Colorado CRS § 18-3-405.4 makes it a class 4 felony to commit internet sexual exploitation of a child. This is defined as using the internet or other online media to expose one’s intimate parts to a child, or to observe the child touching his or her intimate body parts. A conviction carries a penalty of
- 2 to 6 years in prison and
- registration as a sex offender.
CRS 18-3-405.4 states that:
(1) An actor commits internet sexual exploitation of a child if the actor knowingly importunes, invites, or entices through communication via a computer network or system, telephone network, or data network or by a text message or instant message, a person whom the actor knows or believes to be under fifteen years of age and at least four years younger than the actor, to:(a) Expose or touch the person’s own or another person’s intimate parts while communicating with the actor via a computer network or system, telephone network, or data network or by a text message or instant message; or(b) Observe the actor’s intimate parts via a computer network or system, telephone network, or data network or by a text message or instant message.
In this article, our Denver Colorado criminal defense attorneys discuss:
- 1. What is internet sexual exploitation of a child in Colorado?
- 2. What are the consequences of a CRS 18-3-405.4 conviction?
- 3. Will the defendant have to register as a sex offender?
- 4. Will the feds bring criminal charges also?
- 5. How do you fight charges of internet sexual exploitation of a child?
- 6. Can the defendant be deported?
- 7. Can the record be sealed?
- 8. Related offenses
1. What is internet sexual exploitation of a child in Colorado?
A person violates CRS 18-3-405.4 when the following three conditions are true:
- The defendant knows or believes the child is under 15 years of age;
- The defendant knows or believes the child is at least 4 years younger than the defendant;
- The defendant deliberately lures the child through electronic media (such as use of the internet, social media, IM, SMS, or the phone) for the purpose of:
- the defendant exposing his/her own intimate parts to the child online; or
- observing the child online touch the intimate parts of him/herself or of someone else1
Colorado law defines intimate parts as:
- external genitalia,
- pubic area, and
In short, internet exploitation is cybersex with children. This sexual offense does not comprise sending naked pictures taken in the past. And it is more than just sexting. Instead, it is actively exposing oneself in real time.3
Also see our related article on sexual exploitation of a child – Colorado child pornography laws (CRS 18-6-403).
2. What are the consequences of a CRS 18-3-405.4 conviction?
Internet sexual exploitation of a child is a class 4 felony in Colorado, carrying penalties of:
- 2 to 6 years in Colorado State Prison, and
- A possible fine of $2,000 to $500,000.4
Convicted defendants are also required to register as a Colorado sex offender.5 And defendants lose their right to own or possess a gun.6
3. Will the defendant have to register as a sex offender?
Yes. People convicted of internet sexual exploitation of a child in Colorado must register as a sex offender for 10 years. After 10 years of full compliance, defendants may petition the court to relieve them of sex offender registration status.7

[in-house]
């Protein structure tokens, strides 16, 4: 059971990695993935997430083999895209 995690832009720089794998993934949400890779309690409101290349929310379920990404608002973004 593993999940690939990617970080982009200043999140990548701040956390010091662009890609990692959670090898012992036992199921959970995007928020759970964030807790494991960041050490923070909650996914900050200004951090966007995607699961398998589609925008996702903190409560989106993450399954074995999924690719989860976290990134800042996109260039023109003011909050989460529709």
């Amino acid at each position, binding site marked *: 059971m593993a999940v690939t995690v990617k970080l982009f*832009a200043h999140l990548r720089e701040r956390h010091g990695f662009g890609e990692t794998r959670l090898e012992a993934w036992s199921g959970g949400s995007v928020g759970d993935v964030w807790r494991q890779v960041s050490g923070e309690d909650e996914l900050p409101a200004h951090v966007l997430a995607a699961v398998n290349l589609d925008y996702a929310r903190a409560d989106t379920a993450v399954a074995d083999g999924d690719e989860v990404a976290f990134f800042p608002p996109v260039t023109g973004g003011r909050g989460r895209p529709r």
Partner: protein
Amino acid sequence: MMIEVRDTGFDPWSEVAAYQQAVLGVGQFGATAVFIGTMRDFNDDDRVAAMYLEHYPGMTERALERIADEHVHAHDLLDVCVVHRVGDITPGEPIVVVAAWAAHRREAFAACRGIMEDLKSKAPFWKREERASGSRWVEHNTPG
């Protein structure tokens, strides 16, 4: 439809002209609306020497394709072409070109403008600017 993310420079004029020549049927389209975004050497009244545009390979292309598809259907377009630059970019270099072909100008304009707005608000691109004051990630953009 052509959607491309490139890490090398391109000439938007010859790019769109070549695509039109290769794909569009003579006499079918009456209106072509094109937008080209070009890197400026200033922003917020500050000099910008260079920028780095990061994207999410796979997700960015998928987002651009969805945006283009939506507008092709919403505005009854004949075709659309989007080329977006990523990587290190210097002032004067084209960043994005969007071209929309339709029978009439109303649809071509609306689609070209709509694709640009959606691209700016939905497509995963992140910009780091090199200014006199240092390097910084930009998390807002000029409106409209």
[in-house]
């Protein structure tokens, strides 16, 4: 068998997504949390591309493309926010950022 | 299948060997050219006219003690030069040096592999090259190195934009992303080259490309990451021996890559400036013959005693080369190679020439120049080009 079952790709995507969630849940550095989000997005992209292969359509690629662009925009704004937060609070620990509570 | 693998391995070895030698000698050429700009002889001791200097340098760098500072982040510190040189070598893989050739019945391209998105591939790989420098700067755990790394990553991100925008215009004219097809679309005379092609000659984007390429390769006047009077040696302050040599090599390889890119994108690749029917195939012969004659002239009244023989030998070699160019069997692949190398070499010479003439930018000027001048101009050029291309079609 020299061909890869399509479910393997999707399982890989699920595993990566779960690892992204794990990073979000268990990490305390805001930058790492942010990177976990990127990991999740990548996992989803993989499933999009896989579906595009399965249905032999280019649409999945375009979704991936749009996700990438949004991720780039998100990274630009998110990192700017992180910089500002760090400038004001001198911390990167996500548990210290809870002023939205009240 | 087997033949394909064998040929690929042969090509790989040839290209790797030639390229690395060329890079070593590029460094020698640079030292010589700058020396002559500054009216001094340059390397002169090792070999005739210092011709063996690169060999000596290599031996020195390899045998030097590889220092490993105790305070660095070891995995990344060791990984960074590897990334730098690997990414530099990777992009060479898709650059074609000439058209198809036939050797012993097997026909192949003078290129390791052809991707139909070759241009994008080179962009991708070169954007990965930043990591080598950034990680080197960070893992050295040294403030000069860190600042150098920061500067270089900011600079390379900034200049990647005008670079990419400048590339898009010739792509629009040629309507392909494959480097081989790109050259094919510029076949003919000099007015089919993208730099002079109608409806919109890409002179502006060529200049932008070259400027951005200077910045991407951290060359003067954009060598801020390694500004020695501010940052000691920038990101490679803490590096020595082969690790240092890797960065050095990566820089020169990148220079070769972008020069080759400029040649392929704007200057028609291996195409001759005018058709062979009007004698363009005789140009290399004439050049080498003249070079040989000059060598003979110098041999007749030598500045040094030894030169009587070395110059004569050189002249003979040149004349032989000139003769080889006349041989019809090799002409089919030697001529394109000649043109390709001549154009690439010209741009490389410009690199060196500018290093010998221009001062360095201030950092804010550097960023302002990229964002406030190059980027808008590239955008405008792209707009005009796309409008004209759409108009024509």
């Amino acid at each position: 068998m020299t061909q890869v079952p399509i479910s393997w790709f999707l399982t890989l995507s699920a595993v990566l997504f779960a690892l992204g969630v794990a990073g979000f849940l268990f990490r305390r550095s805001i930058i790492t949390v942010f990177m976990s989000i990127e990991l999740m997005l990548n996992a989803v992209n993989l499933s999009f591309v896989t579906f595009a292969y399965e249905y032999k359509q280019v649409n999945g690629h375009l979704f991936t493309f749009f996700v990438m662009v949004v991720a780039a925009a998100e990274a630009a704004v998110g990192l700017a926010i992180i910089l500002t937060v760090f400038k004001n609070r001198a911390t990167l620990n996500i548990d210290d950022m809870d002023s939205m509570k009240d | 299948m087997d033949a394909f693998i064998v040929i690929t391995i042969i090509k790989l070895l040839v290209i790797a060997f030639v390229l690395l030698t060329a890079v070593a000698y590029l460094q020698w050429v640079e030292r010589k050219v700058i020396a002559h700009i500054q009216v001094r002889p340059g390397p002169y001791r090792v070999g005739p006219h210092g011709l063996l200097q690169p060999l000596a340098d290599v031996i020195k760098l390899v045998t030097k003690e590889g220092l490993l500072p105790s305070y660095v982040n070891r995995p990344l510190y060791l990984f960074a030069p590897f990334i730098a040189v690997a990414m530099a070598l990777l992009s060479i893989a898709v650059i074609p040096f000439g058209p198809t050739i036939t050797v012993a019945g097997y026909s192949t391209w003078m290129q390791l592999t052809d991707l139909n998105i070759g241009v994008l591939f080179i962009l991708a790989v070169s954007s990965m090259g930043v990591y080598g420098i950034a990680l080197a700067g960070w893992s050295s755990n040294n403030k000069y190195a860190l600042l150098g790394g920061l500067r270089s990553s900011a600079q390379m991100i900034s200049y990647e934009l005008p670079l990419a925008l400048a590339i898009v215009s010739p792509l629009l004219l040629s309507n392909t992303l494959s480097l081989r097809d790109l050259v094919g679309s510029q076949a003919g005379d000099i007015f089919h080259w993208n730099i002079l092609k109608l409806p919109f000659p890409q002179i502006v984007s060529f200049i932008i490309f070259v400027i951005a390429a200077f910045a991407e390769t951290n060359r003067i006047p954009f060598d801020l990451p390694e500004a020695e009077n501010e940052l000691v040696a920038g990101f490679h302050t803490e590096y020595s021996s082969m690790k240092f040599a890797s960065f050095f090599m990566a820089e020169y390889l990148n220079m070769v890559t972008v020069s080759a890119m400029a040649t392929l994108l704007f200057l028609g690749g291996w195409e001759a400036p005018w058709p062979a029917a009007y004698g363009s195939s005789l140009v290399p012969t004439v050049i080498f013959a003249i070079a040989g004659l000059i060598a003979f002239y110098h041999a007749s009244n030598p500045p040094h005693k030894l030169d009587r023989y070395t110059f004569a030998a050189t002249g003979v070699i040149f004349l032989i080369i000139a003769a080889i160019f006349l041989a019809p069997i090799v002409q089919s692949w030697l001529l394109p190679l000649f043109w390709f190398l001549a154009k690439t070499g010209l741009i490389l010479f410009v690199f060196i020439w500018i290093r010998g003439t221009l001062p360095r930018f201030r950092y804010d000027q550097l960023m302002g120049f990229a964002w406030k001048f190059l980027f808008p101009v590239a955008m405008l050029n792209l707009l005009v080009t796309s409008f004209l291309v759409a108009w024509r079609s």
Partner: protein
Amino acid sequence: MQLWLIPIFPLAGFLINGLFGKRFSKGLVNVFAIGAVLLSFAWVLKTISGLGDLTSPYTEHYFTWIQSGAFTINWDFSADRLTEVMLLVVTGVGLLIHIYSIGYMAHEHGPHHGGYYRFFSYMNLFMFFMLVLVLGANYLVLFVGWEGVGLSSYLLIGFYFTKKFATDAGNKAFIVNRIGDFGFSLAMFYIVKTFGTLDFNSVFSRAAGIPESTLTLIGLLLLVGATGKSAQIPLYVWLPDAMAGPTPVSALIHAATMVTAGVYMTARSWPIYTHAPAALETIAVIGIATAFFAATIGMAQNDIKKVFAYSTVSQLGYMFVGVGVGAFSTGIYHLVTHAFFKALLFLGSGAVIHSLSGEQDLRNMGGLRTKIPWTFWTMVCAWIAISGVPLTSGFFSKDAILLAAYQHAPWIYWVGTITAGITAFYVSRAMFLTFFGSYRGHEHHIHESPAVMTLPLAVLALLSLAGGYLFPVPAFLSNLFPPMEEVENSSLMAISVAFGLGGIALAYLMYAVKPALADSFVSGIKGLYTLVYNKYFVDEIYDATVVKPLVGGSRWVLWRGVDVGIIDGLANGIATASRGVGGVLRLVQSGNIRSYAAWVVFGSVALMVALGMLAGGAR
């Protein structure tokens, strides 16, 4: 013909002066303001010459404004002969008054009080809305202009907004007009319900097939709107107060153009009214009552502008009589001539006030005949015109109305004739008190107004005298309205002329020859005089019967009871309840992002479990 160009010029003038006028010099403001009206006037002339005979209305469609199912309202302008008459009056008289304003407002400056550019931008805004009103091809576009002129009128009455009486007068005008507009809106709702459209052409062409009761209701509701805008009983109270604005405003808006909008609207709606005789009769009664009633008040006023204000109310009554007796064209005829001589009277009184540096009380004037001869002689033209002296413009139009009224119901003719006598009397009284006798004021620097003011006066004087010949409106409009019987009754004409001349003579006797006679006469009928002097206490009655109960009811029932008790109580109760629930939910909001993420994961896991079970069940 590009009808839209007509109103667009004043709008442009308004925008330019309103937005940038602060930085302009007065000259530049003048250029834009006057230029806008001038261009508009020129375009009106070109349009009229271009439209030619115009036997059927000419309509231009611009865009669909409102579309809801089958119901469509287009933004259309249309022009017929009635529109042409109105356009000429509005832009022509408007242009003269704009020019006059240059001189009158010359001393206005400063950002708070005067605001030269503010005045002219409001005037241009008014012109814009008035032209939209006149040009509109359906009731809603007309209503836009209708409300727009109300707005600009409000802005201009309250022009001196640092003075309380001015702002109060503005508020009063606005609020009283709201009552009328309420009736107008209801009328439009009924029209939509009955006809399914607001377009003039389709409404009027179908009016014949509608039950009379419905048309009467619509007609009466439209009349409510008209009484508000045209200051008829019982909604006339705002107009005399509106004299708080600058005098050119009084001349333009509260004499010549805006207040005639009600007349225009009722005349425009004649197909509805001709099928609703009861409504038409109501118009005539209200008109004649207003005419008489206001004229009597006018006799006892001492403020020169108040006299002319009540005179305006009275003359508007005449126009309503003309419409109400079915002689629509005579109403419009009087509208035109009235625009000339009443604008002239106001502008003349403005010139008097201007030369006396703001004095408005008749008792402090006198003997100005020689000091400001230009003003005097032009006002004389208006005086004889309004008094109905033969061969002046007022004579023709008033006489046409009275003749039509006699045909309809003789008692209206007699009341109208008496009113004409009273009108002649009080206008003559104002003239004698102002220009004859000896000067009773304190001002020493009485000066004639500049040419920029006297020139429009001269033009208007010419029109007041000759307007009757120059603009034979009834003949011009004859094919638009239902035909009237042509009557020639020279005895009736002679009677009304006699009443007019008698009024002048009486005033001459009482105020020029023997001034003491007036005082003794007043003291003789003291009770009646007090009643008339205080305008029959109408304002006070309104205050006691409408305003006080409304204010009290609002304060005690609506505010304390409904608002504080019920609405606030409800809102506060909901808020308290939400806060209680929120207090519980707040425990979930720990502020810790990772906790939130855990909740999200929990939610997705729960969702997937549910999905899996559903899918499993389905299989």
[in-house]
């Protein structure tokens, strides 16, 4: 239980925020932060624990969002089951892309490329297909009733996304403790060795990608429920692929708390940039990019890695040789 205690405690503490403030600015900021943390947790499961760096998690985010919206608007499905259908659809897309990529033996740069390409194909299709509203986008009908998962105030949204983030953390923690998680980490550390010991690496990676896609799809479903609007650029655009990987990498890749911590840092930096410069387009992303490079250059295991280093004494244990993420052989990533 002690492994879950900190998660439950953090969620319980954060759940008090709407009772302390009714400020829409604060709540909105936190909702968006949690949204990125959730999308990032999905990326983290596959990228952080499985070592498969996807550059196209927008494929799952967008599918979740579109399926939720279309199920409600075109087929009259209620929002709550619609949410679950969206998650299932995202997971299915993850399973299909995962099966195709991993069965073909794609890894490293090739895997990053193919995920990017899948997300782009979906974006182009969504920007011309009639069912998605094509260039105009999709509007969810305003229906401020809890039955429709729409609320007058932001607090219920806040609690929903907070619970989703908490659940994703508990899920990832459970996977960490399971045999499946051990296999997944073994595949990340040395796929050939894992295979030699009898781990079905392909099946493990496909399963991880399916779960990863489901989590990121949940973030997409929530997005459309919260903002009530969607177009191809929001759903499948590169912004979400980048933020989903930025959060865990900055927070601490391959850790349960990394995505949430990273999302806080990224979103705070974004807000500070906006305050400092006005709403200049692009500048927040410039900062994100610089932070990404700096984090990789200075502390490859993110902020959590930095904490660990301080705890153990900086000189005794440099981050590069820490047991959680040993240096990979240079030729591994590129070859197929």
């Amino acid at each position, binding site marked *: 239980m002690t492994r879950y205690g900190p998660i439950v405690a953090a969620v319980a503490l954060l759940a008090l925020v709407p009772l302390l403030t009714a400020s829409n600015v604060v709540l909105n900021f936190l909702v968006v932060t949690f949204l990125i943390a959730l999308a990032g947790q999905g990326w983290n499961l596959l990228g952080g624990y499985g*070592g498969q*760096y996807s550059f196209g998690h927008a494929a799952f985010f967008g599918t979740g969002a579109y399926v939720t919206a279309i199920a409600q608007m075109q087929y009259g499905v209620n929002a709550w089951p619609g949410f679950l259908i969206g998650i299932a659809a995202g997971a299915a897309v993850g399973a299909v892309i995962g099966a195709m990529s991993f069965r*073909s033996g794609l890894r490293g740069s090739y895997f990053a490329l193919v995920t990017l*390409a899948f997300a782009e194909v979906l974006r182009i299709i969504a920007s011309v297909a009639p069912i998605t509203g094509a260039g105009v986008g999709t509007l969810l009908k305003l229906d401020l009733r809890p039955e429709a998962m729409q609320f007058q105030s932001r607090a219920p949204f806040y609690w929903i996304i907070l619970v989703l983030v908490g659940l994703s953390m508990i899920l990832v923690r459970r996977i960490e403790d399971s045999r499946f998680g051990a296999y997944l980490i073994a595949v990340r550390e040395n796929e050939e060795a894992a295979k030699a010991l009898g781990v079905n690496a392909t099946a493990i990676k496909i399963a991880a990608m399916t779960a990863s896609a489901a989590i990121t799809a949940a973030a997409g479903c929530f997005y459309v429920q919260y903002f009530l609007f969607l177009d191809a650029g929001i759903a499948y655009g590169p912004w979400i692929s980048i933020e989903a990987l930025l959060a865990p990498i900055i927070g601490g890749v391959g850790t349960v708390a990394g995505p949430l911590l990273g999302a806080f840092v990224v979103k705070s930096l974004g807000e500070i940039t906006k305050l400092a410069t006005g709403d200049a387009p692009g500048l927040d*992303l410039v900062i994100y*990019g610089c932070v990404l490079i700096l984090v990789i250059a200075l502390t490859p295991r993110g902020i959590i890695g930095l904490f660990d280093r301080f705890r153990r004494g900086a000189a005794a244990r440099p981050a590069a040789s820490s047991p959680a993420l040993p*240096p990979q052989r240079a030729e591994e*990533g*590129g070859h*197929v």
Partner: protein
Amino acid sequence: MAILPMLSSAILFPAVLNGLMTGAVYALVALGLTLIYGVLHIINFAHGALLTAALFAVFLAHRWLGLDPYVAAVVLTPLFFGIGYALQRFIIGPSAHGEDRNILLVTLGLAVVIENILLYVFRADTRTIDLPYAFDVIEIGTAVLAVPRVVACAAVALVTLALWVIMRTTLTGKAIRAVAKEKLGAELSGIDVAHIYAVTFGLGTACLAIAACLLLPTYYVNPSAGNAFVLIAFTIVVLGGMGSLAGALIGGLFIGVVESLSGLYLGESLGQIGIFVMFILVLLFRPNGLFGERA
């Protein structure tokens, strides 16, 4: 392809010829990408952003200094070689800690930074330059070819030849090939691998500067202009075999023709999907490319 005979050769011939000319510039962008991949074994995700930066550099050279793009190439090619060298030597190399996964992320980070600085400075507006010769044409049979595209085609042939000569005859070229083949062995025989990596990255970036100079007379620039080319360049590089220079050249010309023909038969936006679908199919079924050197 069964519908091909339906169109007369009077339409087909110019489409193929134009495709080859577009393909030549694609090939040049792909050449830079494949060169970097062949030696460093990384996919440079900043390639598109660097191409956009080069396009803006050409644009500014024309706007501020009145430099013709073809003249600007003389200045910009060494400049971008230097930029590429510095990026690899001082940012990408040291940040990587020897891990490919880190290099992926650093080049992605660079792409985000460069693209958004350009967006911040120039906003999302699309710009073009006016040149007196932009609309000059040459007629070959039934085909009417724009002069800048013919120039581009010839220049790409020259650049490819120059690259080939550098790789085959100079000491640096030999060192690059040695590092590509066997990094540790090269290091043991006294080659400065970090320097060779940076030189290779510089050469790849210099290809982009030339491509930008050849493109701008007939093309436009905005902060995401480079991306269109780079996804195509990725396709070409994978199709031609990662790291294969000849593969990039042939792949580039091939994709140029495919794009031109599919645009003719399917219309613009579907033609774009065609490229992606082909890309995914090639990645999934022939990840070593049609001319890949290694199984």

4. Will the feds bring criminal charges also?
Defendants suspected of internet sexual exploitation of a child may face federal charges for the “sexual exploitation of children” in addition to – or instead of – state charges. For instance, federal courts may claim jurisdiction if the computer materials were produced out of state, or if the child and defendant were in different states.
Federal penalties under 18 U.S.C. 2251 include fines and 15 to 30 years in federal prison. Penalties are even harsher if the defendant has certain prior sex crime convictions.8
5. How do you fight charges of internet sexual exploitation of a child?
Defenses to charges of internet sexual exploitation of a child fall into six basic categories:
- The defendant did not know or believe the child’s age;
- The defendant never enticed the child to expose, touch or observe any intimate parts;
- The law enforcement officers found the defendant’s computer, phone, or other electronic device through an illegal search;
- Another person used the defendant’s electronic device to sexually exploit the child, and the defendant was wrongly accused;
- The child or someone else falsely accused the defendant of this internet sex crime to the police; and/or
- The defendant is a victim of mistaken identity (for instance, the child wrongly picked the defendant out of a lineup).
6. Can the defendant be deported?
Internet sexual exploitation of a minor may qualify as a crime involving moral turpitude and an aggravated felony.9 Therefore, defendants convicted of this criminal offense may be deported from the U.S. after serving their sentence. But a skilled immigration and criminal defense attorney may be able to fight the case so charges get dropped or reduced to a non-deportable offense.
7. Can the record be sealed?
Convictions for internet sexual exploitation of a child may never be sealed from the defendant’s criminal record. But if the charge gets dismissed, then the defendant can petition for a record seal immediately.10 Learn more about Colorado record seals.
8. Related offenses
- Internet luring of a child (CRS 18-3-306)
- Indecent exposure (CRS 18-7-302)
- Enticement of a child (CRS 18-3-305)
- Aggravated incest (CRS 18-6-302)
- Unlawful sexual contact (CRS 18-3-404)
- Public indecency (CRS 18-7-301)
- Sexual assault (CRS 18-3-402)
- Invasion of privacy for sexual gratification (CRS 18-3-405.6)
- Sexual assault on a child by one in a position of trust (CRS 18-3-405.3)
- Child abuse (CRS 18-6-401)
- Solicitation for child prostitution (CRS 18-7-402)